The doctor or nurse can help you assess whether it’s necessary to bring your baby in. If you and your doctor believe your baby should be seen, this is what might happen at the doctor’s office:

  • Your doctor will ask you to describe how your baby fell, and how they behaved right after the fall
  • Your doctor will examine your baby for signs of minor or more serious injury
  • Your doctor will tell you what to look for in your baby over the next 24 hours, such as signs of concussion or other brain injuries
  • Your doctor will tell you whether it’s necessary to check on your baby that night while they sleep
  • Your doctor will let you know if a follow-up visit is necessary, and what to do in cases of emergency
  • Your doctor will go over your home safety plan to prevent future falls

If You Are Still Concerned

It’s common for parents to still feel concerned or worried, even after a reassuring phone call or visit to the doctor.

In general, after a 24 hour period of observation and extra vigilance, if your baby seems like themselves, it’s unlikely that anything worse will happen. Usually signs of concussion or other serious brain injuries will be develop over the course of the first 24 hours.

However, if anything seems “off” to you, even if there are not obvious signs of a concussion or other brain injury, you should not hesitate to contact your doctor again or head to urgent care. Parental instincts can be powerful indeed, and you should always listen to them.

How to Prevent Future Falls

Again, almost all babies take a fall at one time or another. But most falls are preventable, and so you can look at your baby’s first fall as a learning experience and an opportunity to take precautions so that another fall is less likely to happen.

Here are ways to prevent the most common kinds of baby falls:

  • Never leave your baby unattended on a bed or changing table. Babies may surprise you will their ability to move or roll before you even think they are capable of doing so. Always keep one hand on your baby if you need to turn away to do something. Or pick your baby up.
  • Never use a baby walker. These are known hazards and have contributed to baby falls and injuries.
  • Never leave your car seat or baby seat on an elevated surface when your baby is in it; always place it on the floor.
  • Once your baby is crawling or walking, you need to watch them at all times. If you need to step away, place them in a secure location such as a playpen or crib.
  • Place properly installed baby gates on all stairs in your home.
  • All windows should have locks; consider safety guard rails as well.
  • Make sure your baby’s crib sides are kept up and are secure.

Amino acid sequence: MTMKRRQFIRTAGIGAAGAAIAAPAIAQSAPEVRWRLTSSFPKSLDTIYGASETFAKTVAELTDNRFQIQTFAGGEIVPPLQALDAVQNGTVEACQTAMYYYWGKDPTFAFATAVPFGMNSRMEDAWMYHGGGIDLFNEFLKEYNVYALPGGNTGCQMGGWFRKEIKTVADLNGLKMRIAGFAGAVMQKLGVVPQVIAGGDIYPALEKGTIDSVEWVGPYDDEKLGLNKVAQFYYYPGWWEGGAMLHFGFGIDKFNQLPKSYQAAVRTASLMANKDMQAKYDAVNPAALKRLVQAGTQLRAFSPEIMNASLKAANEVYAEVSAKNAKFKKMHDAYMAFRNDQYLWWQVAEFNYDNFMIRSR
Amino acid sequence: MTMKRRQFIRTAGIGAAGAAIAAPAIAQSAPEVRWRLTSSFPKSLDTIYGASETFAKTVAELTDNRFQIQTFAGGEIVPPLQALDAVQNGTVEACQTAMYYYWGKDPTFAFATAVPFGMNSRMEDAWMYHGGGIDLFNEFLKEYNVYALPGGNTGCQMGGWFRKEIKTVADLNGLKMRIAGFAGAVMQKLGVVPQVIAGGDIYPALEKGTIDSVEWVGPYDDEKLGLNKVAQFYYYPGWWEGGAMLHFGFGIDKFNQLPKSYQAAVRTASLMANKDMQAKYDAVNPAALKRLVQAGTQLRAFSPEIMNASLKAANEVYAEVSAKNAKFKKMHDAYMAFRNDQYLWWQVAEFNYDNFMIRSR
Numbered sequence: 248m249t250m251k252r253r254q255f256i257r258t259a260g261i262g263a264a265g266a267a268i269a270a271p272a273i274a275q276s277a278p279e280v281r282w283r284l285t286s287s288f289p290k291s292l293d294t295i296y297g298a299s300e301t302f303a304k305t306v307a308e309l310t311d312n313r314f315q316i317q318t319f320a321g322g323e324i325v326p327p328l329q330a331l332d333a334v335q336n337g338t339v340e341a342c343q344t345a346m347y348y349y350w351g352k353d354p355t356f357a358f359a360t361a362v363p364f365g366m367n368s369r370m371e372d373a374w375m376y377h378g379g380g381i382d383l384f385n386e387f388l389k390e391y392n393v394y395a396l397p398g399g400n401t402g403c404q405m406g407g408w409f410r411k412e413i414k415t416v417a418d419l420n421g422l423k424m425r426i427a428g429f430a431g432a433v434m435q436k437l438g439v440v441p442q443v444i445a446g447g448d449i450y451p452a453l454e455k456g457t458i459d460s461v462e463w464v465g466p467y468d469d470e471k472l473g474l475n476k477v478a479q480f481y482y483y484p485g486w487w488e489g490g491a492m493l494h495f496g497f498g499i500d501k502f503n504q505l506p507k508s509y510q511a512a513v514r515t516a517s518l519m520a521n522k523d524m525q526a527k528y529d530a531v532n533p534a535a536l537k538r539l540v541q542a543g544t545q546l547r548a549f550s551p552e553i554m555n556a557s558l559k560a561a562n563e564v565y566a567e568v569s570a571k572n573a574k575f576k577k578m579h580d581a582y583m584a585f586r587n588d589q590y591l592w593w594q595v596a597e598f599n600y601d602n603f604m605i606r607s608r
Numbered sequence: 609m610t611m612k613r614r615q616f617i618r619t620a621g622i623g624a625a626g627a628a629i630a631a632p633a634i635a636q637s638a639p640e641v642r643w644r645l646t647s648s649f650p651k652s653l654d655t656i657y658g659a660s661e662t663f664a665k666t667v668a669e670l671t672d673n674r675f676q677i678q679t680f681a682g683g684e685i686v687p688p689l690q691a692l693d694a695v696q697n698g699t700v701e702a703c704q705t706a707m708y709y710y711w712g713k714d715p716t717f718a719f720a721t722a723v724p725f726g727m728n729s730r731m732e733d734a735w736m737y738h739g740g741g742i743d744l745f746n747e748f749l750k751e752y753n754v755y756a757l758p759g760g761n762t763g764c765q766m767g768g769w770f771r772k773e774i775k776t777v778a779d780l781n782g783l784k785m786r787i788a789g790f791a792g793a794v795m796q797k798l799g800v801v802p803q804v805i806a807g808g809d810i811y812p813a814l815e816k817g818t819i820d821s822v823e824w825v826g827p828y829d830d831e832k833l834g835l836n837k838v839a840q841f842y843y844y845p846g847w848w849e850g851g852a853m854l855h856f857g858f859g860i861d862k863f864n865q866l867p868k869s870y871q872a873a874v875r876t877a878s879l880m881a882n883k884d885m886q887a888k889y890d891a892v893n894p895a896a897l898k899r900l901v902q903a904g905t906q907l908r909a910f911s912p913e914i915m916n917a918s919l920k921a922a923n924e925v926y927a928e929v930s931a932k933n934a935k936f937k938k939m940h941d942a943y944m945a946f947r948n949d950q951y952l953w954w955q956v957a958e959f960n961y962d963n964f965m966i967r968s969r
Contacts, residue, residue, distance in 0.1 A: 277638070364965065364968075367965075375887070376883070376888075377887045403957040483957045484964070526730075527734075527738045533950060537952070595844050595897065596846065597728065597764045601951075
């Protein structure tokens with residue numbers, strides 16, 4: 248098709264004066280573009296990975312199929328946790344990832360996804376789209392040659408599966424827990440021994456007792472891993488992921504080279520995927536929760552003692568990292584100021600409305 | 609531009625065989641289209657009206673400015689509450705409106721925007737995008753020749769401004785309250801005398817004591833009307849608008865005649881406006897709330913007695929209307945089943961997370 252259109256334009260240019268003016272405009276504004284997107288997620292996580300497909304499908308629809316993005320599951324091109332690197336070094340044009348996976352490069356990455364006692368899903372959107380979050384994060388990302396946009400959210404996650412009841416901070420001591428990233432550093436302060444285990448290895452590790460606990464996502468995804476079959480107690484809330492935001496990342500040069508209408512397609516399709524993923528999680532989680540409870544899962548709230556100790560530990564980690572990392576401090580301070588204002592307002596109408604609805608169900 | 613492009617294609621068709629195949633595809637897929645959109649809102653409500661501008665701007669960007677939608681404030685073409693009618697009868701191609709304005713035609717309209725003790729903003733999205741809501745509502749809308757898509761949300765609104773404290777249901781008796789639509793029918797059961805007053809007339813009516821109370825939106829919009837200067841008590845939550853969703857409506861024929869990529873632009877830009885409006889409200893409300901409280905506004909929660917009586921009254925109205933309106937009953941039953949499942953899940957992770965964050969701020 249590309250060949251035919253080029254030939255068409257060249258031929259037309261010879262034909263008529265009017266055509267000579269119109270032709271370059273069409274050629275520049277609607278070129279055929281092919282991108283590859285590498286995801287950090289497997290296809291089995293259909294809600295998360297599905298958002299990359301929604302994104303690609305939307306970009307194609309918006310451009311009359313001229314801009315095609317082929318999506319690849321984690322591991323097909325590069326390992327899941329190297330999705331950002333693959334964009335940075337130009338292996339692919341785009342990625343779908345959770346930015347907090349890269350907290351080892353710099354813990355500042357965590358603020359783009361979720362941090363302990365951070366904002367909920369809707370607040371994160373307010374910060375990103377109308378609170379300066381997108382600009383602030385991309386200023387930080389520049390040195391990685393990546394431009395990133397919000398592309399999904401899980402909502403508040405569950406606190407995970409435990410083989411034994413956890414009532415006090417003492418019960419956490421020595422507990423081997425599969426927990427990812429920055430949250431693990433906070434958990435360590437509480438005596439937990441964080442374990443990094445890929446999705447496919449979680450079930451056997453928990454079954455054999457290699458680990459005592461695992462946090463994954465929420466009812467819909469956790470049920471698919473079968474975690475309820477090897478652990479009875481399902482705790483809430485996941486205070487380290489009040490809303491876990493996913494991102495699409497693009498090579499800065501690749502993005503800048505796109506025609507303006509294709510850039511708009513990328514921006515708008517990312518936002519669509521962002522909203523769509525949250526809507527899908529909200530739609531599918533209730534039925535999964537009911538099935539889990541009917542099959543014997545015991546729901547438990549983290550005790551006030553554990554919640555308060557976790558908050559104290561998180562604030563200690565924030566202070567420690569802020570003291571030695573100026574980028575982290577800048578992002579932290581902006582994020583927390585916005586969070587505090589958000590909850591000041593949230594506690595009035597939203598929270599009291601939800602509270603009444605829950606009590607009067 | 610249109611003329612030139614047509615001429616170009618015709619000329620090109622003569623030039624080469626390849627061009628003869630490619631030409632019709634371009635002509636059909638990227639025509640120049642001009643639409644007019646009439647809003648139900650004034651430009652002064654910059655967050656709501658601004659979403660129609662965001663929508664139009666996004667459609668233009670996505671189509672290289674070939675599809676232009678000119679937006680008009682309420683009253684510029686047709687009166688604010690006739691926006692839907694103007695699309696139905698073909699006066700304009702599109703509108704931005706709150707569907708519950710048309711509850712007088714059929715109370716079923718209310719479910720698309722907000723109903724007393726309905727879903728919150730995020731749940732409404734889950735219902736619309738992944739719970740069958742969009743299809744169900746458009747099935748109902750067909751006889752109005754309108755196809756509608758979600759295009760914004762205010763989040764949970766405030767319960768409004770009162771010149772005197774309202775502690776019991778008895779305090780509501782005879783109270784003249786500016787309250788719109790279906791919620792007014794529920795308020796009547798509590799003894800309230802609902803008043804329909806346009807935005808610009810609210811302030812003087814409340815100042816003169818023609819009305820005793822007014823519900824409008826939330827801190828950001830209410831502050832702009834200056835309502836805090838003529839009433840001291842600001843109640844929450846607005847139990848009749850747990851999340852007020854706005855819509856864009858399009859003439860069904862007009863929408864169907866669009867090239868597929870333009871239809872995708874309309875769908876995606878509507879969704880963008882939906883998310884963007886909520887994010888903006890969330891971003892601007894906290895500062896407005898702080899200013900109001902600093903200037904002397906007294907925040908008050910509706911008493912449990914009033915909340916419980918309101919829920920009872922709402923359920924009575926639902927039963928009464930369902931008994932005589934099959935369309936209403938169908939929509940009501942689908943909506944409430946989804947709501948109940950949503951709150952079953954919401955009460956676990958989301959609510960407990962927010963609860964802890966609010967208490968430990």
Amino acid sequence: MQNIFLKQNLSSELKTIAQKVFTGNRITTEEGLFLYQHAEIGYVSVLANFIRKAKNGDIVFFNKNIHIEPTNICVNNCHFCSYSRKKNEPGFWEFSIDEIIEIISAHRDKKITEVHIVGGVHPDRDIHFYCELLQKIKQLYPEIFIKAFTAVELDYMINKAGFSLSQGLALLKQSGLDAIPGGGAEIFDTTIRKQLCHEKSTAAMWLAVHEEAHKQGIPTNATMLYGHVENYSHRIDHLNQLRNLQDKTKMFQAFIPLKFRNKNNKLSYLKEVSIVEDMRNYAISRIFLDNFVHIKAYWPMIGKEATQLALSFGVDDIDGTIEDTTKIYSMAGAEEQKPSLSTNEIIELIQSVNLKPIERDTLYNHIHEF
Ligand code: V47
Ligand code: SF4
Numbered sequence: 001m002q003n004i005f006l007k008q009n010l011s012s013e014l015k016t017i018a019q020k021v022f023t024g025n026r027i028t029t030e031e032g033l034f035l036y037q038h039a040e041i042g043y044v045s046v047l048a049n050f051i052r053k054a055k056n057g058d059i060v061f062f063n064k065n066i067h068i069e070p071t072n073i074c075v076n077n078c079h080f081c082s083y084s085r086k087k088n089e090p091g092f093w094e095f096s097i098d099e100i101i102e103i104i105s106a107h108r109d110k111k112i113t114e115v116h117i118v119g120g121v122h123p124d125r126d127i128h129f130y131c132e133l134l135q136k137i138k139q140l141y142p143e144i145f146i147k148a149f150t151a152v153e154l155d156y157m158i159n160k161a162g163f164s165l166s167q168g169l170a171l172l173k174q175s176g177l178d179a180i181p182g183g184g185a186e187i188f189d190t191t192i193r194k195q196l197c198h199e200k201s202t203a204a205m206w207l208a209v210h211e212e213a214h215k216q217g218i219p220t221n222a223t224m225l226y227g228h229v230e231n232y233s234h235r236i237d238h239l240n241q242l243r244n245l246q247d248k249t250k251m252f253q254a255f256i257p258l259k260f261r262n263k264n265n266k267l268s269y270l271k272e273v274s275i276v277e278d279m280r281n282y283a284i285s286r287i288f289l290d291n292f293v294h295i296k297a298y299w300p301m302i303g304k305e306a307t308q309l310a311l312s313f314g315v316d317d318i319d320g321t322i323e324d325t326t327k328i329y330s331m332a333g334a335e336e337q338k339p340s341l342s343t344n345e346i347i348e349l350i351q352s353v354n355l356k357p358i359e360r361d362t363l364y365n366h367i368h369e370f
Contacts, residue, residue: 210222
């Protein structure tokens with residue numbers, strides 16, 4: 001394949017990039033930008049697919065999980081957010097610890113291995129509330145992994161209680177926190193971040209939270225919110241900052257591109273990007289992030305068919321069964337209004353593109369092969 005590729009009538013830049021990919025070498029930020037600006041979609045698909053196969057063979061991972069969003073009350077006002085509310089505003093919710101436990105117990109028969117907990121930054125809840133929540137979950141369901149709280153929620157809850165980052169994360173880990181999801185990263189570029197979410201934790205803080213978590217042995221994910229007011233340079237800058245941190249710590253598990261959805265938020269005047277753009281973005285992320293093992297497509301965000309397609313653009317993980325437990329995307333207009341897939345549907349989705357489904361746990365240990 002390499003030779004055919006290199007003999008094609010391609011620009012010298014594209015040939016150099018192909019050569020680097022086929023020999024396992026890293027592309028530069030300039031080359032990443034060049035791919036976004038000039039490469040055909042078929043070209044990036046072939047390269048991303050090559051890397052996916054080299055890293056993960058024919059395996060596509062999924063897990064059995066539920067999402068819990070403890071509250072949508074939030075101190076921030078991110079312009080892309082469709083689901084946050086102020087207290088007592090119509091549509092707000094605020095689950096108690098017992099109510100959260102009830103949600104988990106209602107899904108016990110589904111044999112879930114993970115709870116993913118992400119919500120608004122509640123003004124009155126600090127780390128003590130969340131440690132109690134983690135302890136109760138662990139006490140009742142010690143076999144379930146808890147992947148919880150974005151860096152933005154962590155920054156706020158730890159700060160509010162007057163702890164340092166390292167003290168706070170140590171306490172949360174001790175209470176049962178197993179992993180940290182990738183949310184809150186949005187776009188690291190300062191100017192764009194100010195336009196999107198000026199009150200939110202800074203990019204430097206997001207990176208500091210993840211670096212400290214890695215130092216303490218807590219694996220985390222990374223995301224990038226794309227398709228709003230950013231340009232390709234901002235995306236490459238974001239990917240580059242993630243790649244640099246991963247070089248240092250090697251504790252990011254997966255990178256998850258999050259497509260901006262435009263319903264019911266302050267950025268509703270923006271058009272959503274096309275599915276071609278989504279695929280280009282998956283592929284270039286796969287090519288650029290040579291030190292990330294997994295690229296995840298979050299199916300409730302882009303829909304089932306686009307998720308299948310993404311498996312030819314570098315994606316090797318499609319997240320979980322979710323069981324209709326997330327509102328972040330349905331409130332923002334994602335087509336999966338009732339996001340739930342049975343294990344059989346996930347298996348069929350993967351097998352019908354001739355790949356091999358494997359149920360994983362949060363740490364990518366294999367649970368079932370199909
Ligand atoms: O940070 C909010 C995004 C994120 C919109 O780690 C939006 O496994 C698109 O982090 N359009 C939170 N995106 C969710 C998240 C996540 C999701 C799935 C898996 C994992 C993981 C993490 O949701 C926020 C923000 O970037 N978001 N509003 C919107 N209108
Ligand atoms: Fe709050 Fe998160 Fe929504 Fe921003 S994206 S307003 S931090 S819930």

• Always use safety belts and safety straps on car seats, baby chairs, and high chairs.
  • Place furniture away from windows and make sure it is secure
  • Anchor bookcases, chests of drawers, and TV stands to the wall

A Word From Verywell

It’s easy to beat yourself up when your baby takes an accidental fall. Remember that almost all parents have been there at one time or another. You can use this unhappy situation to refine your baby safety plan and educate yourself about baby safety, first aid, and signs of serious injury. You will sleep better knowing that your home is prepared for any potential mishaps and that you know exactly what to do should anything like this happen again.

Even though you may feel guilty or embarrassed that your baby fell, you should never let that stop you from contacting your doctor after a fall. Doctors receive calls all the time about baby falls, and will not judge you when you share what happened.

Although most falls are minor and usually don’t require hospitalization, it’s always necessary to contact your doctor when your infant falls. They are there to help you, reassure you, and let you know what steps you should take to keep your baby safe now and in the future.

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Article Sources

Verywell Family uses only high-quality sources, including peer-reviewed studies, to support the facts within our articles. Read our editorial policy to learn more about how we fact-check and keep our content accurate, reliable, and trustworthy.
  • Fall Prevention. Center for Disease Control and Prevention (CDC). Updated February 2019.

  • Home Fall Prevention, Infants Ages Birth to One Year. New York State Department of Health. Updated May 2012.

  • Loss of Consciousness. Academy of American Pediatrics website. Updated November 2015.

  • What to Do if Your Infant Falls Off the Bed or Changing Table. Cleveland Clinic. Updated January 2019.